Scientists have their own way of having a conversation that only scientists understand really well - how is this different to a historian? We need students to BE these researchers in their disciplines - not just read about them.




Striking up conversations with strangers - stranger danger - who is a friend or not (fake news, bias etc) when researching? 

Tracie then outlined some strategies to teach students to access Scholarly research.

Using search strategies
Search terms need to be nominalised where verbs are changed to nouns. 
Also use advanced search strings in any search engine to include 
"research guide"
site:edu (to access university research papers etc)
"libguide" OR "research guide" OR "pathfinder"
Thinking about where these conversations may occur a search string may be 
-intitle : conference 
use appropriate hashtags for searching
The use of technical terms changes the results - ie renal failure instead of kidney failure - vocabulary is key to finding the deeper & more specific conversation.

Research the conversationalist - (ie author)
Interrogate the source, be critical thinkers, what do I already know about this and how does this correlate? Does it make sense? What is being said and how convincingly?
Triangulate - go seek another opinion.
Who will be talking about this?
What will their bias and agenda be?
What are their intentions?

And then I had to leave the conversation!

The next session was my own on using Social Media in the school library setting. We explored what is currently being used, when and how often, and discovered that many who use Social media to promote their library actually do not have a plan for it nor do they evaluate it.  How do we know what value it is adding if we have no idea what we want from it, or if we evaluate it?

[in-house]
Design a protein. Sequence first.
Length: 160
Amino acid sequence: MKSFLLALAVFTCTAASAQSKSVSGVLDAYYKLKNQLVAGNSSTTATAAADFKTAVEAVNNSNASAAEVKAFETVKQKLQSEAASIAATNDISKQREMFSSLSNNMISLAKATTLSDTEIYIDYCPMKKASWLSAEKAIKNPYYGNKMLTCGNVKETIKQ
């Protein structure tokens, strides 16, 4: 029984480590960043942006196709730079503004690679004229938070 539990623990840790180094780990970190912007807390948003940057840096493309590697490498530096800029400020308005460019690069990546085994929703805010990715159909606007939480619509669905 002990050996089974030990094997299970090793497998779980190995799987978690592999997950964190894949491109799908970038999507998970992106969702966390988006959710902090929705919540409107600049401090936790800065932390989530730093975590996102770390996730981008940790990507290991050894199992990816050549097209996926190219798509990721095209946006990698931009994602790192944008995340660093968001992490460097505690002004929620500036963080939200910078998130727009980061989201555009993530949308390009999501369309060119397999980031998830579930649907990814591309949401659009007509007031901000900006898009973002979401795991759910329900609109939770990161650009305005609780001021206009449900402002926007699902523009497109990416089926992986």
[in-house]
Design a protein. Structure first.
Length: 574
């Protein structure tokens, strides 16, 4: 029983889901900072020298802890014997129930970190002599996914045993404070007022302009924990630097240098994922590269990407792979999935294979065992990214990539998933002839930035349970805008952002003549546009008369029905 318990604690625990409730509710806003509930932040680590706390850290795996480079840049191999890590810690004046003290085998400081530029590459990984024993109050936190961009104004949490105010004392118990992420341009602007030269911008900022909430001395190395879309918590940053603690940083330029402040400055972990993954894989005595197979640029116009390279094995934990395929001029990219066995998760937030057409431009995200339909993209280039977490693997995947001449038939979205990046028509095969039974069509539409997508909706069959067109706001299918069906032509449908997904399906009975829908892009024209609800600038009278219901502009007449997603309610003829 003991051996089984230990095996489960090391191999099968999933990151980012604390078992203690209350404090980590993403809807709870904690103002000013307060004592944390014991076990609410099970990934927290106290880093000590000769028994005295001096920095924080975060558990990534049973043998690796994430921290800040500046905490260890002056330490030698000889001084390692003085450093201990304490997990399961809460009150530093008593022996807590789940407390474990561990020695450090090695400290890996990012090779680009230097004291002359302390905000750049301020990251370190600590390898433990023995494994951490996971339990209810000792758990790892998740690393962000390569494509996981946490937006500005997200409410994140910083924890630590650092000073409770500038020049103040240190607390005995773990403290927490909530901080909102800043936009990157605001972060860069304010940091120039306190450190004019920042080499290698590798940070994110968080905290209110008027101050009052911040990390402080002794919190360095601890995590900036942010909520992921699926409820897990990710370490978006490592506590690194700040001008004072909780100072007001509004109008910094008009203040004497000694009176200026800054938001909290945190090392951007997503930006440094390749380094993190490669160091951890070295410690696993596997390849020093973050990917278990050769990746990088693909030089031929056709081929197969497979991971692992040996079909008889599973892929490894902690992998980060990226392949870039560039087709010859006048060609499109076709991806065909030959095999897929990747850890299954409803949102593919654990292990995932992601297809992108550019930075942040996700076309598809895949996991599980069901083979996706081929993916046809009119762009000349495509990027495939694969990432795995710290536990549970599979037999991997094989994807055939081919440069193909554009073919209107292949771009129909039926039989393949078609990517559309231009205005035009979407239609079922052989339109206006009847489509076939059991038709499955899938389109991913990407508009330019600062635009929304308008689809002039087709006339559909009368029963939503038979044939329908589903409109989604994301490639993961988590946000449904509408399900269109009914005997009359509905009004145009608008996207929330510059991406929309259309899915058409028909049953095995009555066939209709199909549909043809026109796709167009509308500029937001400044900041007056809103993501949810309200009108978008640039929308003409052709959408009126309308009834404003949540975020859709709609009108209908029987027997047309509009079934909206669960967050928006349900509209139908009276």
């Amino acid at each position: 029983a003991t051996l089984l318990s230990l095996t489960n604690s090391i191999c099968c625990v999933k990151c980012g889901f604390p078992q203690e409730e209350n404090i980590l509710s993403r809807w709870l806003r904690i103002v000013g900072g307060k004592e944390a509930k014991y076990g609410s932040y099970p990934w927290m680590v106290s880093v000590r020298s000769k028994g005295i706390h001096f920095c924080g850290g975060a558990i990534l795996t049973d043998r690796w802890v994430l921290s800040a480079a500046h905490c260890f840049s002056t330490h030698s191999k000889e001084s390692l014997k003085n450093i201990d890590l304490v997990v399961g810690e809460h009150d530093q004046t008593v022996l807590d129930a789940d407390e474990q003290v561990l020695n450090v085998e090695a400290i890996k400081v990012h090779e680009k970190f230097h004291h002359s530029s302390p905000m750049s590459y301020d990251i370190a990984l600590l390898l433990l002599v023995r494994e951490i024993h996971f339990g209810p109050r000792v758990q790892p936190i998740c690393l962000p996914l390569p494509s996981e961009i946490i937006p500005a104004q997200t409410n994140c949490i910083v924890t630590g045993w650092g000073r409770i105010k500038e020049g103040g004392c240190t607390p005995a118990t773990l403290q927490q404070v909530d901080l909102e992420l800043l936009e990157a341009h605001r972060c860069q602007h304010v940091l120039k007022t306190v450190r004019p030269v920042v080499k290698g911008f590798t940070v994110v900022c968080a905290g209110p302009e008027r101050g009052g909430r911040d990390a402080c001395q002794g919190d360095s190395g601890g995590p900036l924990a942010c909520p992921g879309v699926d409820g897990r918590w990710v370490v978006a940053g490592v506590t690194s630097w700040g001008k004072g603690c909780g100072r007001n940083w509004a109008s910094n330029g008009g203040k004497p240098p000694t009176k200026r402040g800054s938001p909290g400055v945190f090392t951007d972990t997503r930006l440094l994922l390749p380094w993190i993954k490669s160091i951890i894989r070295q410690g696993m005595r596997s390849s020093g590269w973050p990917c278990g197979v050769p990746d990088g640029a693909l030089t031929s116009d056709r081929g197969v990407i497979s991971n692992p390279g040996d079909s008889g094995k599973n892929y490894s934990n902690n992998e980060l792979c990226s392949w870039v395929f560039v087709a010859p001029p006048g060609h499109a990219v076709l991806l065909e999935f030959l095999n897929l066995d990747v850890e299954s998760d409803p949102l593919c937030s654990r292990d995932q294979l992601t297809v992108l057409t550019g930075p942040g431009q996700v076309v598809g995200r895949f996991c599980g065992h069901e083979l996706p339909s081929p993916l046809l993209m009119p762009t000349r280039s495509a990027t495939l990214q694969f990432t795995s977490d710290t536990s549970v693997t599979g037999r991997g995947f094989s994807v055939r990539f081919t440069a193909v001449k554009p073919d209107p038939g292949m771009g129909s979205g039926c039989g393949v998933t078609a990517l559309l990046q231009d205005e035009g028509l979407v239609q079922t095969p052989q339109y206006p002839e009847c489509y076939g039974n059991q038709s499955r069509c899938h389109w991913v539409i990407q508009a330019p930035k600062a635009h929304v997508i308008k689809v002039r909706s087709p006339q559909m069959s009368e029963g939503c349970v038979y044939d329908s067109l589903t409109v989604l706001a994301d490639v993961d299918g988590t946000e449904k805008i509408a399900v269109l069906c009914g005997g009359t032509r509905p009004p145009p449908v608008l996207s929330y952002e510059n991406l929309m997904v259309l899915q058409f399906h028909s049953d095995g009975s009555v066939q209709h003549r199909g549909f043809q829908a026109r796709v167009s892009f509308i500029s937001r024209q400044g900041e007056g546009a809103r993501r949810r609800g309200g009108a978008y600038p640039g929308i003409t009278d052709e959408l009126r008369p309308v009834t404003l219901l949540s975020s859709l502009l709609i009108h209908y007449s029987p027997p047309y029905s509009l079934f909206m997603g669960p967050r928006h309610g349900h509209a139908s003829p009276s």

Some key questions to consider to create a plan or policy ...

Who is your target audience?
What platform will be used?
What type of content will be posted?
Who will be posting the content and answering enquiries?
How often will you post?
How will people find out about it?
How will success be measured?






The next session I attended was Shannon McClintock Millers session Digital Tools to connect, create and collaborate. She highlighted the following platforms that could be useful for school librarians depending on their context and requirements. The link to her slides is here.

Symbaloo
Pinterest
Smithsonian learning lab
Newsela
Brainpop
DK findout
Skype
Cospaces
Class Hook
Flipgrid
Photos for class
Pixabay
Picmonkey
Canva
Adobe Spark
Google slides
Spreaker for podcasting
Buncee
Story Bird
Smore
Storyboard that
Flipsnack
Recite this
Comic Master
Spell with Flickr
Classroom screen
Piktochart
Padlet
Creatubbles
Quizlet
Geoguessr
Venngage

The last session I attended was with Jill van Niekerk "Under the influence: Collection development for a better world" all about developing empathy and humane education through the resources and education we can provide through our libraries.

Jill's session was based on the question of ethics of information - what is our responsibility to provide ethical and correct information for all library users - not just those who agree with us?

She identified a couple of texts:
 Library Ethics for non librarians by Doug Johnson,
The world becomes what we teach, by Zoe Weil (TEDx talk on this topic by Zoe Weil). 
The human economy  by 
Blackfish the movie

Places to find humane stories and books to add to our collections. Little Rebels award
Amnesty International Booklists
Red Rover humane reading list
Red Rover reading to build empathy

Jill stated something that resonated with me in a powerful way

No opinion equals no impact.

This statement needs a bit of thinking and unpacking - maybe a later post ...

Then we were onto the closing ceremony of the conference - so soon!

We were treated through a fun Haiku challenge with Michael Salinger leading the hilarity.


Credit: AIS Chennai photographer

Credit: AIS Chennai photographer


Then Jeremy Willette gave us a powerful and heart felt closing address on how an empathetic librarian changed his life, 



and then the official part of the conference was over and sadness at saying goodbye to learning and new connections was soon overtaken by another opportunity to shop ...  
Chennai will go down in the history of conferences as the Shopping Conference!

What a fabulous 3 days of learning and socialising so far ... but wait - there is more ...one more day of post conference workshopping for a lucky few. Others went home, exploring or shopping!













Monday, March 5, 2018

James Henri - a lasting legacy.


James Henri 1952-2018


Yesterday we lost a giant in the Teacher Librarian field, a man who mentored and championed so many Teacher Librarians across the world. James Henri was a huge influence in my professional life and who opened so many doors and opportunities to and for me. This post will be about how James affected me.